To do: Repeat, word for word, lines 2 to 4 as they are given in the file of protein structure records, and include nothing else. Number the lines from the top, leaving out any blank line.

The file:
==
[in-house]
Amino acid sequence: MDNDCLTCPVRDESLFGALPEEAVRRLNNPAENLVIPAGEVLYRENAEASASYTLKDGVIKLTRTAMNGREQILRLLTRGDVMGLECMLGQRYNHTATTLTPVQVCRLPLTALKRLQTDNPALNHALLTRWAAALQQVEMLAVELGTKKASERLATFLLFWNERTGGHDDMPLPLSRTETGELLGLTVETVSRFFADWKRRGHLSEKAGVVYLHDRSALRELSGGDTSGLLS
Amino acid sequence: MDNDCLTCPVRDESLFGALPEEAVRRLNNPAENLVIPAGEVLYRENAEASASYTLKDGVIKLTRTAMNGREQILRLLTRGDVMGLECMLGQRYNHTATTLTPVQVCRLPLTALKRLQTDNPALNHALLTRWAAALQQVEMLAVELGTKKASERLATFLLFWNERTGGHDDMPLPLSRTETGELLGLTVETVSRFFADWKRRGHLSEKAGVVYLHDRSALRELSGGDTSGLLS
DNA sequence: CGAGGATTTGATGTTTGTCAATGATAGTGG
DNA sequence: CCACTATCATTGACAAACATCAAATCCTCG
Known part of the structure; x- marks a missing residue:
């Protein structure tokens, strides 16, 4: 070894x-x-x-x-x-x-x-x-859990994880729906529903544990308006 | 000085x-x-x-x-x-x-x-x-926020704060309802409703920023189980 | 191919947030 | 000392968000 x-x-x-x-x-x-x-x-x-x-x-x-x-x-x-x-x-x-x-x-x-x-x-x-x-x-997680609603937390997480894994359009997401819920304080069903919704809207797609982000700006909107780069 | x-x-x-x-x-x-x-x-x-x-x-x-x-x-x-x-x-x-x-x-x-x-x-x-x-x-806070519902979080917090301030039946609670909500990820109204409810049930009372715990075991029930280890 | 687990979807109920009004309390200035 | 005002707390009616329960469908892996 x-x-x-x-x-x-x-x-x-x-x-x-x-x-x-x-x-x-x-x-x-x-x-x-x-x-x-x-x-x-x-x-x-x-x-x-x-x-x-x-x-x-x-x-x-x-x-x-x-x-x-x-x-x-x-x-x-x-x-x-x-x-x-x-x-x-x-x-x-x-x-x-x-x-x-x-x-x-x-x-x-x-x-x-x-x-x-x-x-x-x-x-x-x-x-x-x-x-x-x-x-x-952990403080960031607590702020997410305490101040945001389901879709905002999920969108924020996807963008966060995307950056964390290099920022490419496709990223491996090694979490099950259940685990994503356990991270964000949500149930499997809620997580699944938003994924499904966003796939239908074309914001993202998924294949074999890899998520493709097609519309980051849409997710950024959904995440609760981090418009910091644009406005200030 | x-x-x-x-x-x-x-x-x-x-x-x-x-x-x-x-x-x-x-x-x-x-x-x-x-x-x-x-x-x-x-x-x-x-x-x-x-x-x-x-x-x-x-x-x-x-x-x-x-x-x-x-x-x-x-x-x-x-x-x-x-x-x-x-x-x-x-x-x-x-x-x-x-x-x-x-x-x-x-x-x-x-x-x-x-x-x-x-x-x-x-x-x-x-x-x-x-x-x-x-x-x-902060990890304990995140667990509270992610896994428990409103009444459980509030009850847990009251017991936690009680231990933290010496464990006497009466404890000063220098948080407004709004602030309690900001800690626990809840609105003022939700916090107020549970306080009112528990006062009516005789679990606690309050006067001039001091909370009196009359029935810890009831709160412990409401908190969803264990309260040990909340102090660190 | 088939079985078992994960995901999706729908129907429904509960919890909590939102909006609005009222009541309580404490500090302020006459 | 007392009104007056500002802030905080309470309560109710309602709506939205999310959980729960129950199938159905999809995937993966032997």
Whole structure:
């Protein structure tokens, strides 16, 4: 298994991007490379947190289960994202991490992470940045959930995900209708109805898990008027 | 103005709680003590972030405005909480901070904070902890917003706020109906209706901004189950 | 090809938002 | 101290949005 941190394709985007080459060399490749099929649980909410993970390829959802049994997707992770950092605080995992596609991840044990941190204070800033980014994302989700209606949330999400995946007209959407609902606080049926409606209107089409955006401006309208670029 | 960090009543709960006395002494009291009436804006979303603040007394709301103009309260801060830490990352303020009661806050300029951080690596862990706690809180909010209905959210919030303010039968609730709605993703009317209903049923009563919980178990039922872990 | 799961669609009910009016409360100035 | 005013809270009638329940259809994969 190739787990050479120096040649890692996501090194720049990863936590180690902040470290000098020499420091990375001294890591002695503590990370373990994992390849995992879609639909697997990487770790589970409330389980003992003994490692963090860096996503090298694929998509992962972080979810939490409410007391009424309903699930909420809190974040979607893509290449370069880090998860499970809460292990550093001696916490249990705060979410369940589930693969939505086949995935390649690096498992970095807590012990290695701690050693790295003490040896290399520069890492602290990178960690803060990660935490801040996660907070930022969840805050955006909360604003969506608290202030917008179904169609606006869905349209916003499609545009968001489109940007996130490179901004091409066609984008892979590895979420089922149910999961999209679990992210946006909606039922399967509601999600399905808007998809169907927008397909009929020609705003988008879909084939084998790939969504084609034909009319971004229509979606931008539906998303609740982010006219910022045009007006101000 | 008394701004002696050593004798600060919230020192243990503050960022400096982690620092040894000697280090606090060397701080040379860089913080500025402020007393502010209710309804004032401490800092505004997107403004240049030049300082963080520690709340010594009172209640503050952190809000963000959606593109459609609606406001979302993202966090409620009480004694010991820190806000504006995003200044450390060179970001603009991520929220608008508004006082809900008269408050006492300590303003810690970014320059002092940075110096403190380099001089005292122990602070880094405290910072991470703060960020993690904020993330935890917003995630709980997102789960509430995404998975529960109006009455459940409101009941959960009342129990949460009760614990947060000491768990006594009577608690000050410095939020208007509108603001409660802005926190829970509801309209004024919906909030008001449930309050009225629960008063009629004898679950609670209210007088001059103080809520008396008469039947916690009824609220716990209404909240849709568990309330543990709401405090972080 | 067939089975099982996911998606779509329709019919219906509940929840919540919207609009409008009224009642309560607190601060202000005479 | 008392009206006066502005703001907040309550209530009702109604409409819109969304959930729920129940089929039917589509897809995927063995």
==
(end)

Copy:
Amino acid sequence: MDNDCLTCPVRDESLFGALPEEAVRRLNNPAENLVIPAGEVLYRENAEASASYTLKDGVIKLTRTAMNGREQILRLLTRGDVMGLECMLGQRYNHTATTLTPVQVCRLPLTALKRLQTDNPALNHALLTRWAAALQQVEMLAVELGTKKASERLATFLLFWNERTGGHDDMPLPLSRTETGELLGLTVETVSRFFADWKRRGHLSEKAGVVYLHDRSALRELSGGDTSGLLS
Amino acid sequence: MDNDCLTCPVRDESLFGALPEEAVRRLNNPAENLVIPAGEVLYRENAEASASYTLKDGVIKLTRTAMNGREQILRLLTRGDVMGLECMLGQRYNHTATTLTPVQVCRLPLTALKRLQTDNPALNHALLTRWAAALQQVEMLAVELGTKKASERLATFLLFWNERTGGHDDMPLPLSRTETGELLGLTVETVSRFFADWKRRGHLSEKAGVVYLHDRSALRELSGGDTSGLLS
DNA sequence: CGAGGATTTGATGTTTGTCAATGATAGTGG